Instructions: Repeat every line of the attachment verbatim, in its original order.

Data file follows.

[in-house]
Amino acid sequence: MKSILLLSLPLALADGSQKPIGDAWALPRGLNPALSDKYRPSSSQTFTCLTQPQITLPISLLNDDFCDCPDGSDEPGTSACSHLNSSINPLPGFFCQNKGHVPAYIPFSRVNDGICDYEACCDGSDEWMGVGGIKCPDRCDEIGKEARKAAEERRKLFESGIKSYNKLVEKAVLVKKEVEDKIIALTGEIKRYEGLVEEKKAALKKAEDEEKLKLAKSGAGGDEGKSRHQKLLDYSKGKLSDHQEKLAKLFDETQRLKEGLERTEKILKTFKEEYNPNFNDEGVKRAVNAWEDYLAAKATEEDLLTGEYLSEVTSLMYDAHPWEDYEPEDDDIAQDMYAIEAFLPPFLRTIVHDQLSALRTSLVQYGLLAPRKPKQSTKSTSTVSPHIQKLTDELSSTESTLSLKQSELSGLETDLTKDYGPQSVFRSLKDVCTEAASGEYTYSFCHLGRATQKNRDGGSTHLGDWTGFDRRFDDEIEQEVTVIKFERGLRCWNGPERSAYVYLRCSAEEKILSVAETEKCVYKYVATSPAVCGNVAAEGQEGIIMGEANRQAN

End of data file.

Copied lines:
[in-house]
Amino acid sequence: MKSILLLSLPLALADGSQKPIGDAWALPRGLNPALSDKYRPSSSQTFTCLTQPQITLPISLLNDDFCDCPDGSDEPGTSACSHLNSSINPLPGFFCQNKGHVPAYIPFSRVNDGICDYEACCDGSDEWMGVGGIKCPDRCDEIGKEARKAAEERRKLFESGIKSYNKLVEKAVLVKKEVEDKIIALTGEIKRYEGLVEEKKAALKKAEDEEKLKLAKSGAGGDEGKSRHQKLLDYSKGKLSDHQEKLAKLFDETQRLKEGLERTEKILKTFKEEYNPNFNDEGVKRAVNAWEDYLAAKATEEDLLTGEYLSEVTSLMYDAHPWEDYEPEDDDIAQDMYAIEAFLPPFLRTIVHDQLSALRTSLVQYGLLAPRKPKQSTKSTSTVSPHIQKLTDELSSTESTLSLKQSELSGLETDLTKDYGPQSVFRSLKDVCTEAASGEYTYSFCHLGRATQKNRDGGSTHLGDWTGFDRRFDDEIEQEVTVIKFERGLRCWNGPERSAYVYLRCSAEEKILSVAETEKCVYKYVATSPAVCGNVAAEGQEGIIMGEANRQAN